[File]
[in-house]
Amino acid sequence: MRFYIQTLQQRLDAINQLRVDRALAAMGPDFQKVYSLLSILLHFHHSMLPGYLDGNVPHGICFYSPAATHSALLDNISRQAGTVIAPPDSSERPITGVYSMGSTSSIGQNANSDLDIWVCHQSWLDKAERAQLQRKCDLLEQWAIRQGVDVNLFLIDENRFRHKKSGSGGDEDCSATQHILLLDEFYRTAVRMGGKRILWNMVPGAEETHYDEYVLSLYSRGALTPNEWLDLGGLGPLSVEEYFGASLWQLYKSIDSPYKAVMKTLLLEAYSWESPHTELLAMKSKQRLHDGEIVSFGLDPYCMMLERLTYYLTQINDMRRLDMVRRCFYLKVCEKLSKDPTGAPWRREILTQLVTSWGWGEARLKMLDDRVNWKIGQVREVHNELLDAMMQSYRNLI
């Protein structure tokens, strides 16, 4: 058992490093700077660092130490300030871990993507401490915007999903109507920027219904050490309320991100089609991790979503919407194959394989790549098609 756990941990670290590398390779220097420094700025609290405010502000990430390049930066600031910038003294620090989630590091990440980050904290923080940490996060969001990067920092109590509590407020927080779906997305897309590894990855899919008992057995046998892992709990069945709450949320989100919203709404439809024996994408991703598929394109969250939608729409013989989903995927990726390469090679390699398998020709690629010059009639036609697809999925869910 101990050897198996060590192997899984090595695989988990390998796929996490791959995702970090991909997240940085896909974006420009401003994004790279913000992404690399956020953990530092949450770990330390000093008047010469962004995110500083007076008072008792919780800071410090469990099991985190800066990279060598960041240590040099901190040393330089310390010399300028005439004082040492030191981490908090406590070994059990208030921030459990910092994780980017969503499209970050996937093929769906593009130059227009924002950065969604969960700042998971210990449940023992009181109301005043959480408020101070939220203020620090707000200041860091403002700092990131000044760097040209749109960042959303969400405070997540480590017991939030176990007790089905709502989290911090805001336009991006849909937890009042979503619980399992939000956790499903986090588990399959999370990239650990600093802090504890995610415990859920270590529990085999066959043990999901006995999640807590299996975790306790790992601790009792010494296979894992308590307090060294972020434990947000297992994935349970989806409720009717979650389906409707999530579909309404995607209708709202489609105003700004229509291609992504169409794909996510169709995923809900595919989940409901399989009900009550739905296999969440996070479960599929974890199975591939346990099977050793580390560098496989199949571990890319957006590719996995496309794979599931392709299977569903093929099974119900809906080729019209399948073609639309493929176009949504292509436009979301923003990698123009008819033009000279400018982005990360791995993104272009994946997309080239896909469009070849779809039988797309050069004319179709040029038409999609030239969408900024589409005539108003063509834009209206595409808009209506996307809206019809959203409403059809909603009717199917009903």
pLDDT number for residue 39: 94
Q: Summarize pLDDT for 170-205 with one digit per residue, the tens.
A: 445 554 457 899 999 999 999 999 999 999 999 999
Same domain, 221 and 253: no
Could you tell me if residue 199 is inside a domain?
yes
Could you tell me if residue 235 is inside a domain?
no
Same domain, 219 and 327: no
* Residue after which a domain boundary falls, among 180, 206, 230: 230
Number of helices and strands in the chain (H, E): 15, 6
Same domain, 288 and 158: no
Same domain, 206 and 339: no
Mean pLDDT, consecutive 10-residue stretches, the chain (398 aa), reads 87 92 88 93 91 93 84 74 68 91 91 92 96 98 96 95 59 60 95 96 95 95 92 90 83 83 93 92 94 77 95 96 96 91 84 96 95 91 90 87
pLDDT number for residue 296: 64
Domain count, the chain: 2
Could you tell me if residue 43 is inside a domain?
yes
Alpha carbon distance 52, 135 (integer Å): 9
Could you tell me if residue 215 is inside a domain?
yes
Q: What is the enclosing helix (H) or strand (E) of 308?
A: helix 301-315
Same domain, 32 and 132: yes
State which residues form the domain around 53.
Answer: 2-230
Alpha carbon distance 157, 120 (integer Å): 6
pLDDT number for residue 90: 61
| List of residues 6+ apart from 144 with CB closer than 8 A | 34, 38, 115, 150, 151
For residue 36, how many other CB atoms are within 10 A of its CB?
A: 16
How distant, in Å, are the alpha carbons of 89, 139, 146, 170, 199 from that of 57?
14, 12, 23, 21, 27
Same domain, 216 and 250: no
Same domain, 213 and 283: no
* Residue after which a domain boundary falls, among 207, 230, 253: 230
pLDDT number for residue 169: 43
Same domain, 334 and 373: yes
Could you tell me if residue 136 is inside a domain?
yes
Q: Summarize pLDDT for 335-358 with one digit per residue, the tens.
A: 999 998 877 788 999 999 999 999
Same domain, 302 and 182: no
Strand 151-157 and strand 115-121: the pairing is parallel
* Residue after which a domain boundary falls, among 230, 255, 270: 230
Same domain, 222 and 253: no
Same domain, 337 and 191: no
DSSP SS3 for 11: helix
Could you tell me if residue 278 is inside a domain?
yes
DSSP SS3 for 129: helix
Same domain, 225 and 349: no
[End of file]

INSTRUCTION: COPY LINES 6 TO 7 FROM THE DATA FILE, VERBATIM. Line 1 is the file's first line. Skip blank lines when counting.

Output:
A: 445 554 457 899 999 999 999 999 999 999 999 999
Same domain, 221 and 253: no